Texas Paramedic Tuition Exemption
What is it?
ATEMSP authored bills HB 3890 & SB 2231, which expand Texas' fire science tuition exemption to include municipal paramedics.
We estimate increased access to higher education to approx 3,000 Texas paramedics.
Why is this beneficial to Texas?
Paramedics are the future of efficient out-of-hospital healthcare. The Center for Medicare & Medicaid Services' ET3 payment reform and NHTSA's EMS Agenda 2050 show that paramedics are no longer defined by transport. Instead, paramedics are vital components to preventive care, emergency care, and follow up care within their communities.
Increasing paramedic access to higher education is a cost effective solution that directly impacts community healthcare expenses. Paramedics educated in public health, public administration, and emergency services are more likely to be innovative with problem solving and more efficient with public budgets. Innovation and efficiency are keys to maximizing the paramedic impact in out-of-hospital healthcare. Ultimately, it provides a stronger paramedic for both citizens and public administrators relying on their out-of-hospital expertise.
This measure also addresses Texas' issue with paramedic burnout by providing incentive to be a Texas paramedic provider. Texas paramedics have the highest requirement of entry-level education in public safety, respond to the majority of 911 emergencies, but work for the lowest annual salary. Increased access to higher education retains our experienced providers.
Why fire science tuition exemption?
In Texas, both law enforcement officers and firefighters receive job related tuition exemption to become better public servants. A review of the fire science program found that over 80% of the degree offerings were either medical or administrative in nature. Instead of creating a new program, we are simply asking for a slight expansion of an existing program to include municipal paramedics.
Why municipal paramedics?
Fire science tuition exemption is a municipal program involving public funding and public universities. In a perfect world, all Texas paramedics would have increased access to higher education. Unfortunately, our diverse selection of delivery models make this difficult due to the characteristics of for-profit, nonprofit, and municipal forms of employment. These bills are simply requesting that municipal paramedics gain access to an existing municipal program.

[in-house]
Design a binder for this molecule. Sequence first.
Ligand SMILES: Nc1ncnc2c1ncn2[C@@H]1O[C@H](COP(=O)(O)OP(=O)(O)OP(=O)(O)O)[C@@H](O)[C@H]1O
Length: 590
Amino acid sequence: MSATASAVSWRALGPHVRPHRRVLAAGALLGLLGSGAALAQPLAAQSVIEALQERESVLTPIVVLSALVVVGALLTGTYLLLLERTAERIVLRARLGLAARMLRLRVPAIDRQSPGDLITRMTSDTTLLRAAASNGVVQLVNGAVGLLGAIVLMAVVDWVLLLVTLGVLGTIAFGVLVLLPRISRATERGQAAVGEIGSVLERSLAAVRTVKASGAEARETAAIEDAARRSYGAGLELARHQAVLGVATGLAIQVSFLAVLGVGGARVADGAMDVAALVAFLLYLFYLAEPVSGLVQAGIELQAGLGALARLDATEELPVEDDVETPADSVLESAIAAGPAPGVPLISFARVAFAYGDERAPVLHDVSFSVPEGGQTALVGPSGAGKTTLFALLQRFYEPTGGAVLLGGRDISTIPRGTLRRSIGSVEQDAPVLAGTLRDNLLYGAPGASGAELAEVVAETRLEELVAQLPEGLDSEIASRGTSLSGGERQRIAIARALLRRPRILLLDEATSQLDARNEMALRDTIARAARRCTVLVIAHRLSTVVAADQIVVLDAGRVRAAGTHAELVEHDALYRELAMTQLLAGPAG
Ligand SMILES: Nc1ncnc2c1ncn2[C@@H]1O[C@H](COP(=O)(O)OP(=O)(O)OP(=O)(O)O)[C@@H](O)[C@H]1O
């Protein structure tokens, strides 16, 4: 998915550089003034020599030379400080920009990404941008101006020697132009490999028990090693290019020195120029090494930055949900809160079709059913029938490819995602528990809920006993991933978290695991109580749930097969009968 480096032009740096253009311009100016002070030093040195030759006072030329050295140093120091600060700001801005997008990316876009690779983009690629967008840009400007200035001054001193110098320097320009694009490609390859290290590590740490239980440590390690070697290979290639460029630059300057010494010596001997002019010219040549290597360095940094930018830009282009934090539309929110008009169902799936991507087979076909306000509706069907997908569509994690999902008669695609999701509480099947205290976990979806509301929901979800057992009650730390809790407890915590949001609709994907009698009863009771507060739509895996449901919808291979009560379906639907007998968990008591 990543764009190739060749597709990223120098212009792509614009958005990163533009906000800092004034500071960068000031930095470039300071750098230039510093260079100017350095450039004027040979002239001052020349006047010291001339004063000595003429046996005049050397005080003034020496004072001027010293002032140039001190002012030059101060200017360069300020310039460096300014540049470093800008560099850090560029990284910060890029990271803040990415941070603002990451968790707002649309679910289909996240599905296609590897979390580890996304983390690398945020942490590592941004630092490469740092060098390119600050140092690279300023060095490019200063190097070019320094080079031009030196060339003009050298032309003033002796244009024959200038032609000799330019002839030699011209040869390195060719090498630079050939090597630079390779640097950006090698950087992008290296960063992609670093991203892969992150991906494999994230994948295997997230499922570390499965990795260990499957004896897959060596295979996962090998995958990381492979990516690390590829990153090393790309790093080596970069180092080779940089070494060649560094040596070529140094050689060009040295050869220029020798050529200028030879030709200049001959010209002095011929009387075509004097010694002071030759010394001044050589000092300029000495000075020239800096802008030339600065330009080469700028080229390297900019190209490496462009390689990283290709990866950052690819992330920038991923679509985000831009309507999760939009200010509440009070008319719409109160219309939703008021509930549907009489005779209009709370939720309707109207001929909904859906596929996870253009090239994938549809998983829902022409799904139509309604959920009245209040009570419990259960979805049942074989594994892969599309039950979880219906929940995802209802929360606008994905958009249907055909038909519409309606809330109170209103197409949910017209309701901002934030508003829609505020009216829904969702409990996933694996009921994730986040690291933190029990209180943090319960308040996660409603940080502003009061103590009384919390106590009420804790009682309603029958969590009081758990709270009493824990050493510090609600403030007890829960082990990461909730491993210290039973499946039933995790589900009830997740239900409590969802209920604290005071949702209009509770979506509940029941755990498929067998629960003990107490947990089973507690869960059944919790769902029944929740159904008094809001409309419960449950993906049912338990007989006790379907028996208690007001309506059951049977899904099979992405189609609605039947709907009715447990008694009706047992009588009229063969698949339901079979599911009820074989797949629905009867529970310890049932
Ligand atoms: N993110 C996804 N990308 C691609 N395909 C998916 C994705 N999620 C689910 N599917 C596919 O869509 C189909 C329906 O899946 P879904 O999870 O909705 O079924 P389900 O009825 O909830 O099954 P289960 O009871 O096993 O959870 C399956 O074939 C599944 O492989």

The bills do not cover AEMT or EMT providers. They only cover our highest certified providers within a subset of our EMS community.
Does this negatively impact our colleges and universities?
The short answer: Yes
Expanding the tuition exemption program increases the burden for participating Texas universities and colleges. The key word, however, is participating.
The longer answer is that not all universities and colleges are required to participate. The universities and colleges choose which programs are allowed for tuition exemption and not every college is required to offer the same degree. This is not a blank check for any college degree, it is access to specific, job related programs that may not interest all eligible paramedics. Furthermore, an expansion of 3,000 paramedics creates a minimal impact. The number of paramedics added statewide would still be 25% fewer than eligible personnel employed by the state's largest fire department.
Additionally, the exclusion of non-paramedic providers preserves our JUCO and Community College paramedic programs, who often carry a large burden with the fire science tuition exemption program. These bills intentionally honor the college and university systems while increasing education access to Texas paramedics.
How can I help?
We need people to testify, share stories on social media, email legislators, and - more important - be known. If you'd like to help, email email@example.com.